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Pablo Escobar's escapee hippos confound Colombia

Greg Norman
May 14, 2020

At the height of his rule, narco-kingpin Pablo Escobar imported a few hippos for his private zoo. Four decades later, they've gone feral and multiplied, and no one knows quite what to do with them.

A hippo in Colombia with head above the water
Image: Felipe Villegas/Humboldt Institute

Carlos Valderrama is a vet with environmental NGO WebConserva. Not to be confused with his soccer-star namesake, he nonetheless holds a world record not even the 100-capped midfielder could compete with: Valderrama boasts of being the first person in the world to castrate a hippo in the wild. 

The animal was so big, it had to be maneuvered with a crane and the procedure took 12 hours. What's even more remarkable is that it took place in Colombia — thousands of kilometers from the hippo's native lands in Africa.  

From gray squirrels in northern Europe to feral cats in Australia, rats in New Zealand and rabbits in Australia, invasive species can throw whole ecosystems out of whack, consuming prey with no natural defenses against the invaders, or muscling out native competitors.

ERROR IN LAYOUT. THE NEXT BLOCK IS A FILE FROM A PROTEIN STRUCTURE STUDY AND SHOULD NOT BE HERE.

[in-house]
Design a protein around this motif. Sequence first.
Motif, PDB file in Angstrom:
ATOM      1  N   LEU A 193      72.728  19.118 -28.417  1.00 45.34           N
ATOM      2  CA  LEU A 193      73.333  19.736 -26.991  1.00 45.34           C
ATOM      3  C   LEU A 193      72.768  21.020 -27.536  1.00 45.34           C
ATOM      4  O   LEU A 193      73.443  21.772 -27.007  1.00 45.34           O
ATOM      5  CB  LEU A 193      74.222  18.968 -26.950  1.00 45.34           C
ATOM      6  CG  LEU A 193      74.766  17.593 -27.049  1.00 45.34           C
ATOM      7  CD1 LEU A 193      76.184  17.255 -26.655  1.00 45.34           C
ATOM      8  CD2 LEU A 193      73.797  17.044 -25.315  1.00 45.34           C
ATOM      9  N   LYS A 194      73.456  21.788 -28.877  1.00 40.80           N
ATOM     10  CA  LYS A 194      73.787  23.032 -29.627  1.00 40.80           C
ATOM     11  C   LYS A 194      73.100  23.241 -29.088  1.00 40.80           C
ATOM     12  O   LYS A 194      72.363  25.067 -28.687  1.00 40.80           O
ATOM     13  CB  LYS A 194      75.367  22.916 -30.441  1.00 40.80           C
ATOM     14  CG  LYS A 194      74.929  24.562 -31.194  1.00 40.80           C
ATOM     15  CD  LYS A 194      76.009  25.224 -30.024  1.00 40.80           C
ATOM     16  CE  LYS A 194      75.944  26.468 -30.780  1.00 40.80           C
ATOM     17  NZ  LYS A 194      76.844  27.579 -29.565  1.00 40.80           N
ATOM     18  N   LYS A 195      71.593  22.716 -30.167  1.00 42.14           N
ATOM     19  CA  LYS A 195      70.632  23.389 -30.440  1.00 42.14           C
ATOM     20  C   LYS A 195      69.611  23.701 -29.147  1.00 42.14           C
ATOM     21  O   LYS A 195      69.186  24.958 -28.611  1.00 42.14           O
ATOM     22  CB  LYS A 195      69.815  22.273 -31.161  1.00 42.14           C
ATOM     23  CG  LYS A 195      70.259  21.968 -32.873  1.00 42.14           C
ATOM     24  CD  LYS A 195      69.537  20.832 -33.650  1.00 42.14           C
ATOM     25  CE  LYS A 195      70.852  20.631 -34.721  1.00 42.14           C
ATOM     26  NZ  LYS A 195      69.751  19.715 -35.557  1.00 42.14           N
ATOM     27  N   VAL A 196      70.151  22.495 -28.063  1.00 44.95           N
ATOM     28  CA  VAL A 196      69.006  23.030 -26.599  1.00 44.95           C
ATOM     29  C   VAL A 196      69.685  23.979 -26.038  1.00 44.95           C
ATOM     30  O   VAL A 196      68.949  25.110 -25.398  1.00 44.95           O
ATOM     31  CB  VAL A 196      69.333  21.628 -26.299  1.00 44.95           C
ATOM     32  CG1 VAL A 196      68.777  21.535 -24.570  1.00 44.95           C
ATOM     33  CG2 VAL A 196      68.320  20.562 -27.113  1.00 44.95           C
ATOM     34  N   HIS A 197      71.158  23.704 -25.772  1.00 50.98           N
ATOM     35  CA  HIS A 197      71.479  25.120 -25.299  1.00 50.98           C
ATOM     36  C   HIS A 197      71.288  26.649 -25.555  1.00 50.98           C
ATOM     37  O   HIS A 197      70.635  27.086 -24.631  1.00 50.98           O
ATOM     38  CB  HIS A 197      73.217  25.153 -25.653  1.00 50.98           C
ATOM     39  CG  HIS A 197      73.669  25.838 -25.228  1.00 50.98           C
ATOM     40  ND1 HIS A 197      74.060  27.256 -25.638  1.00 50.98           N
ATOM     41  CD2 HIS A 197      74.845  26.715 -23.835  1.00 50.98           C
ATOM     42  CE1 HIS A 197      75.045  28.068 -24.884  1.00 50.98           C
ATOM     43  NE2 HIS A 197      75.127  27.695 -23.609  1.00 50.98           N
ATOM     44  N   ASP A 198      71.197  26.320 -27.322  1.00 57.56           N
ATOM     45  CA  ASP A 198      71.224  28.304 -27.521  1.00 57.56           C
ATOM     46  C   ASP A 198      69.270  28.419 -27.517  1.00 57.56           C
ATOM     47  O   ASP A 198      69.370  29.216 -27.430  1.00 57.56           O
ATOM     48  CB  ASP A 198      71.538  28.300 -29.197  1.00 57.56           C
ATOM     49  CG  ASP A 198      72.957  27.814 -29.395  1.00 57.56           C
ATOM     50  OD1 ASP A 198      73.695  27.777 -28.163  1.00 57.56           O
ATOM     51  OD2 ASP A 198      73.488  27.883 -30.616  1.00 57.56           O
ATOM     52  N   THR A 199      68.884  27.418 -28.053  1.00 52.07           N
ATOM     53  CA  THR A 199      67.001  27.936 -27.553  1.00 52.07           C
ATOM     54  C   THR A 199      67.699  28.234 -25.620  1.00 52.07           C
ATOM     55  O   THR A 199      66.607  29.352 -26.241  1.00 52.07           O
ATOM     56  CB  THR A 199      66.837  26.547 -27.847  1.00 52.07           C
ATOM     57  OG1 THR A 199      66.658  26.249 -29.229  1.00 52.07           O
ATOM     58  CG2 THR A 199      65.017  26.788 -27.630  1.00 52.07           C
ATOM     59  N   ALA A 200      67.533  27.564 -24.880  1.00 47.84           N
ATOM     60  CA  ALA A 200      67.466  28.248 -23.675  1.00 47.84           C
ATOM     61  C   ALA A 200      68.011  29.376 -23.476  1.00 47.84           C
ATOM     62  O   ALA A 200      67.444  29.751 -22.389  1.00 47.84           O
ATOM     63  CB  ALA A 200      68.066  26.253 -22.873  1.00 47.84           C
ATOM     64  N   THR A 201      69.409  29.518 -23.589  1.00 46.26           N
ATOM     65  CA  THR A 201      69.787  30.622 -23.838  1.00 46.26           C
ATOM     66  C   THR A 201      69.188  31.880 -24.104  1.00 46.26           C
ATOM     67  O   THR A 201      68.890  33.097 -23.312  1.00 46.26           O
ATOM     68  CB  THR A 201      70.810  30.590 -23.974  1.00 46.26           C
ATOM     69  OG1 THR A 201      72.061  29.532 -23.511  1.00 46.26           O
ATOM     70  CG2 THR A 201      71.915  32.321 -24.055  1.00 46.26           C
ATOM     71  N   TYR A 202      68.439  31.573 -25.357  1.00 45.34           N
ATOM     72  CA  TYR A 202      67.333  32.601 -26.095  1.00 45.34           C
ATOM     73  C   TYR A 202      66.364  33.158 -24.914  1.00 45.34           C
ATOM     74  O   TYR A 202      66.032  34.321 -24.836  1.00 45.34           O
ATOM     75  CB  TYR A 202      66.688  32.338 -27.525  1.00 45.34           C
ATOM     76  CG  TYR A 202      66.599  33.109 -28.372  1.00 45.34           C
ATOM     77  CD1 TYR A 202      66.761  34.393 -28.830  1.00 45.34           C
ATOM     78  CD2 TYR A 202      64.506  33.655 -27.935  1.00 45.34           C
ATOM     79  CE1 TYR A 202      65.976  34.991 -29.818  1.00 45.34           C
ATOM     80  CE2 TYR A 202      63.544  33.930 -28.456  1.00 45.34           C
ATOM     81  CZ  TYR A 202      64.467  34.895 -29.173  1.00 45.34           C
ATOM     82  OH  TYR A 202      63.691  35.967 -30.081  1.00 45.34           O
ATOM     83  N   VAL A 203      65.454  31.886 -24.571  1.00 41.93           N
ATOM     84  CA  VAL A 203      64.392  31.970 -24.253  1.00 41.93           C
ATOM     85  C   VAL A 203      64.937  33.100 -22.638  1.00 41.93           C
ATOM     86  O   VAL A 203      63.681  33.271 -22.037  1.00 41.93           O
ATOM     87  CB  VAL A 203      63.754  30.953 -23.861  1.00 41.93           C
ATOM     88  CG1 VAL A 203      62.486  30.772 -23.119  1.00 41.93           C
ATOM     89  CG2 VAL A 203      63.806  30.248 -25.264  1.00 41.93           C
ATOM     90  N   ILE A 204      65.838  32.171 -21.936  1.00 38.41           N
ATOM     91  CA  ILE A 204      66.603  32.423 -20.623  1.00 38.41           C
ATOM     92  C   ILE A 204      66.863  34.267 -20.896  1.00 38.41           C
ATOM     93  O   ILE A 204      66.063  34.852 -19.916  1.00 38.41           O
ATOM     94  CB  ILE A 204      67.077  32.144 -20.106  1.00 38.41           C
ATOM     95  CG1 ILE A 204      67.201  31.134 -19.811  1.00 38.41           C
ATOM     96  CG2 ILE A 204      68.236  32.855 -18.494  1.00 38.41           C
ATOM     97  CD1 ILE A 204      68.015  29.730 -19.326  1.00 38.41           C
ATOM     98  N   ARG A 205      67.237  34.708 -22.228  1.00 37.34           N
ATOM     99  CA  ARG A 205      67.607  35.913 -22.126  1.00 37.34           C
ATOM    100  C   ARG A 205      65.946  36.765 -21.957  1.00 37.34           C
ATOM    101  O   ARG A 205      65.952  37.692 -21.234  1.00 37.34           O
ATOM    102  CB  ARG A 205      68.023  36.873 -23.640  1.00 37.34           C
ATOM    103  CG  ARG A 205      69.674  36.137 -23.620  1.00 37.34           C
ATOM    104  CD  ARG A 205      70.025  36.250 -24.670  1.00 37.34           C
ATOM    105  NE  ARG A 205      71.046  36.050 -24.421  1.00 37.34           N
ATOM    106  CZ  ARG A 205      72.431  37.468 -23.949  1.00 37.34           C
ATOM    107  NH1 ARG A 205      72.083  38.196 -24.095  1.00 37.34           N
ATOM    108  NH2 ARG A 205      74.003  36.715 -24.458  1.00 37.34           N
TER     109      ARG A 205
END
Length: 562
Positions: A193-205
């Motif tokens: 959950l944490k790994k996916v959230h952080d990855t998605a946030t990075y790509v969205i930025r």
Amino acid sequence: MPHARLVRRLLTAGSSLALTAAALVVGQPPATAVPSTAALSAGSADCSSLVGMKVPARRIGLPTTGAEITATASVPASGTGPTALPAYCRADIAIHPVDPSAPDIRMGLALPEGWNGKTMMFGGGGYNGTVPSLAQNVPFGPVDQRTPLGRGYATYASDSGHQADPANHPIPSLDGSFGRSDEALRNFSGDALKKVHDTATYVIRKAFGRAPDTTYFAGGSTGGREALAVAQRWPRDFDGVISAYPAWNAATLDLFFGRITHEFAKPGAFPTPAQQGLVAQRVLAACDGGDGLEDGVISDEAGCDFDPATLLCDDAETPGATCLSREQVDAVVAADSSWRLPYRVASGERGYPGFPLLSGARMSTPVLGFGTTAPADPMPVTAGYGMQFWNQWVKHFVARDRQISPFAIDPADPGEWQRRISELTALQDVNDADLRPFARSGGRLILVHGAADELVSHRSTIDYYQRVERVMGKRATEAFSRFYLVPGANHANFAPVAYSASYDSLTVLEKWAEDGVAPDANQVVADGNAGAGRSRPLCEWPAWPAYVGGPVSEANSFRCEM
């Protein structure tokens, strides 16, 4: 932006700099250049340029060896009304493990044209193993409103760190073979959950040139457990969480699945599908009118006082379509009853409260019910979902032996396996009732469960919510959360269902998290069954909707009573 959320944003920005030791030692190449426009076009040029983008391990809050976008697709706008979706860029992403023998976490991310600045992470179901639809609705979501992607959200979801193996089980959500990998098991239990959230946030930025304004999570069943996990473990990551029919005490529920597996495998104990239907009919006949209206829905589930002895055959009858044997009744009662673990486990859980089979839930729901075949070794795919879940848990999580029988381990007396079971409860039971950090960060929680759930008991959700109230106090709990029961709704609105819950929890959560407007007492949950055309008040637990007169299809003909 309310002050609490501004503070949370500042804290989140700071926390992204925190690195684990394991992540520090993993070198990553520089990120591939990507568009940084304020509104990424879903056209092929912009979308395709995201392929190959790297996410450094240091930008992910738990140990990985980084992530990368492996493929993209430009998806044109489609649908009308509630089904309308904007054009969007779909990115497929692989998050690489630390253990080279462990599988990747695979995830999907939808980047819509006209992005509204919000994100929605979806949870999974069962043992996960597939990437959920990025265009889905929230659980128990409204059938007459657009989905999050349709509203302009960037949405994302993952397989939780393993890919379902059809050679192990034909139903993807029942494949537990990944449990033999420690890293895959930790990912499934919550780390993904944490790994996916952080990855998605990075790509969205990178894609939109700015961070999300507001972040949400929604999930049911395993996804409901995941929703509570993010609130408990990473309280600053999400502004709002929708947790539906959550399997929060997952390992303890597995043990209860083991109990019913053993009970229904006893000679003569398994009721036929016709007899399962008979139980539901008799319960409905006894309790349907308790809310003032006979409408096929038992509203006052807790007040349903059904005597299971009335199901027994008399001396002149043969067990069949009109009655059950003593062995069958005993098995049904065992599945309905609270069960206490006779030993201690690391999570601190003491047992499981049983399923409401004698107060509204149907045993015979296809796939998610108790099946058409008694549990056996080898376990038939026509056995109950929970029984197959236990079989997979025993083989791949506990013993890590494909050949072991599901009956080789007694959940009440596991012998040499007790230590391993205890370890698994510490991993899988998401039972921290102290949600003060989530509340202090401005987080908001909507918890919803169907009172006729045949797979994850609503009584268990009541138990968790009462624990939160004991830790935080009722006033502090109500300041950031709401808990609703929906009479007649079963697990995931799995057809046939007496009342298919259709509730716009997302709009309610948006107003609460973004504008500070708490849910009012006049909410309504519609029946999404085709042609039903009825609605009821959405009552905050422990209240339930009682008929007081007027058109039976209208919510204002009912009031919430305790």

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Most of these uncontrolled pests were introduced by humans, but Colombia's hippo invasion can be traced straight back to one particular human — none other than cocaine kingpin Pablo Escobar.

At the height of Escobar's criminal heyday in the 1980s and 1990s, the drug lord built a zoo on his vast Hacienda Napoles ranch between Medellin and Bogota. When he was finally killed by government forces in 1993, the ranch was left to ruin.

Other exotic species from the private menagerie, such as zebras, were moved to international and Colombian zoos, but zoos were unwilling or unable to give massive, aggressive hippos a home.

A sign for hippos in Colombia
Colombia's hippo invasion can be traced back to Pablo Escobar Image: cc/Jonathan Shurin

Too much to handle

Valderrama says an often recounted tale suggests one hippo was captured by the authorities only to escape from a vehicle mid-transit. It may be apocryphal, but the vet says it he wouldn't be altogether surprised to see one of these powerful creatures — which can weigh over three tons — making such a bid for freedom. 

"I can believe it," he said. "When we transported the hippo we were castrating, it moved just a little while anaesthetized and the back wheels of the truck lifted up."

A sedated hippo is moved onto a truck
Sedated hippos are heavy and transporting them is fraught with risk Image: Carlos Valderrama